LONDON (Reuters) - The Bank of England expanded its asset-purchase programme by 25 billion pounds on Thursday, halving the pace at which it buys bonds and suggesting the scheme to revive Britain's recession-hit economy may be coming to an end.
Sterling shot up around a cent against the dollar and government bonds tumbled as many investors had expected a bigger expansion of the eight-month-old programme to buy assets, mostly UK government bonds, with newly-created money -- otherwise known as quantitative easing (QE).
"We suspect that this will be the final extension to the QE programme unless the economy suffers a major relapse in 2010," said Howard Archer, economist at IHS Global Insight.
The Bank, which also left interest rates unchanged at a record low of 0.5 percent as expected, said the bond purchases would take three months to complete as it has halved the pace at which the buying would be conducted.
Up to now the Bank undertook three gilt purchases a week but will now do two in one week and one in the next.
The QE programme started in March when the Bank first cut interest rates to 0.5 percent with a promise to buy 75 billion pounds of assets over three months. The scheme was then expanded by 50 billion pounds each in May and August.
Economists said any interest rate rises were still a long way off. The U.S. Federal Reserve this week also signalled rates would be kept ultra-low for some time to come and the European Central Bank on Thursday left borrowing costs at a record low of 1 percent.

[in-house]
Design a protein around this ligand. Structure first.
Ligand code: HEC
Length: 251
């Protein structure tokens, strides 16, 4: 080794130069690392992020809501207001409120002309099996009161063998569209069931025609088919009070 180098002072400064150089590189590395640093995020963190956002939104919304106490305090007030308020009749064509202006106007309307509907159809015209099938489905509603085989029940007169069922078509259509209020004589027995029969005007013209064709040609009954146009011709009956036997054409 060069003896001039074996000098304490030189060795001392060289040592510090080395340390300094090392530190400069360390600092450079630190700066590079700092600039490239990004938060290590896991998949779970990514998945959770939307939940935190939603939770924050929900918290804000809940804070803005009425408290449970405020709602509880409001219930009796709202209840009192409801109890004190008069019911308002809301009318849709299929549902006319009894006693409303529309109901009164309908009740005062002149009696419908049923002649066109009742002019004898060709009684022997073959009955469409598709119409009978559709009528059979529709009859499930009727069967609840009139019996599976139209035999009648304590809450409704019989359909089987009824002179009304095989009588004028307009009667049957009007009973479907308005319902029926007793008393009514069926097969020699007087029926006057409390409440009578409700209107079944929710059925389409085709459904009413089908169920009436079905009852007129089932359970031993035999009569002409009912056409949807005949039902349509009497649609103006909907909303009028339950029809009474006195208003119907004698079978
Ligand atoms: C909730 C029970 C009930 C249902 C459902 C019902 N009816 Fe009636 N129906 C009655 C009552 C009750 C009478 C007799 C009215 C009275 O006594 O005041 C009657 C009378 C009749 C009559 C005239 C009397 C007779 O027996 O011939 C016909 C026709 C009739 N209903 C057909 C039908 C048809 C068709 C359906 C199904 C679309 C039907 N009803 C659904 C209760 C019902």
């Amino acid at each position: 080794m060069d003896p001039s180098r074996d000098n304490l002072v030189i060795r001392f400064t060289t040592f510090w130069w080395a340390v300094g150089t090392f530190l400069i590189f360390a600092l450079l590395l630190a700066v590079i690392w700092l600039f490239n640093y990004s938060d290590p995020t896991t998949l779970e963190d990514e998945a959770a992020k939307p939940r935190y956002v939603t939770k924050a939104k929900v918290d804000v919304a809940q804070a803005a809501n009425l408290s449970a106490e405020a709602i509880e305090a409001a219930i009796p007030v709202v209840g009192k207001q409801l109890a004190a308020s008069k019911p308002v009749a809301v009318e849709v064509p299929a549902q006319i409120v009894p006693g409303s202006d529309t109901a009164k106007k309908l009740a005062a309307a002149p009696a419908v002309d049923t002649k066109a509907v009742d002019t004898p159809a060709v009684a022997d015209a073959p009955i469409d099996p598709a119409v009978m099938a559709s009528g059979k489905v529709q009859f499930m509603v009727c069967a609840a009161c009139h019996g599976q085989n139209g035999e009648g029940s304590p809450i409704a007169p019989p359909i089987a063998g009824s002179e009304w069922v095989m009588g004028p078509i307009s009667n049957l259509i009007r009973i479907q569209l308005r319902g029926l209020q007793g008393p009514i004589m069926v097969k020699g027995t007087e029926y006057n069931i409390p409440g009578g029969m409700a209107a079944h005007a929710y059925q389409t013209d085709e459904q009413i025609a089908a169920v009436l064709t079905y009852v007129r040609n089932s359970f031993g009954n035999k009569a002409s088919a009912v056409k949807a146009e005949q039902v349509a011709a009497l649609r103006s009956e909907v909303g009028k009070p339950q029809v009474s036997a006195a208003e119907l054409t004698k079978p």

But the Bank remains the one major central bank that is in easing mode. Rates in countries like Norway, Israel and Australia are already on their way up.
Analysts polled by Reuters last week had been split three ways on what the Bank would do this month. Some had said there would be no change to the QE total and others were split between a 25 or 50 billion pounds expansion.
The confusion was perhaps unsurprising given the recent mixed signals on the economy, something noted by the Bank itself in its statement accompanying the decision.
The British economy shrank by 0.4 percent in the third quarter, marking the longest period of recession since World War Two, according to official data, and contrasting with earlier recoveries in the U.S. and euro zone.
But at the same time many surveys are suggesting the economy has returned to growth. House prices are rebounding, consumer confidence is rising and data out just hours before the BoE decision showed manufacturing output rose at its fastest rate in seven years in September.
While the Bank noted an economic pick-up was in sight, it still believed the prospect was for a slow recovery which would bear down on inflation for some time to come.
"What they're saying in today's statement is that a high level of spare capacity in the economy means that a shift towards a tightening bias is a long way off, even if the economy emerges from recession in the fourth quarter," said Lena Komileva of Tullet Prebon.
(additional reporting by Fiona Shaikh, David Milliken, Christina Fincher, Keith Weir, Kylie Maclennan and Catherine Bosley)
(Editing by Ron Askew)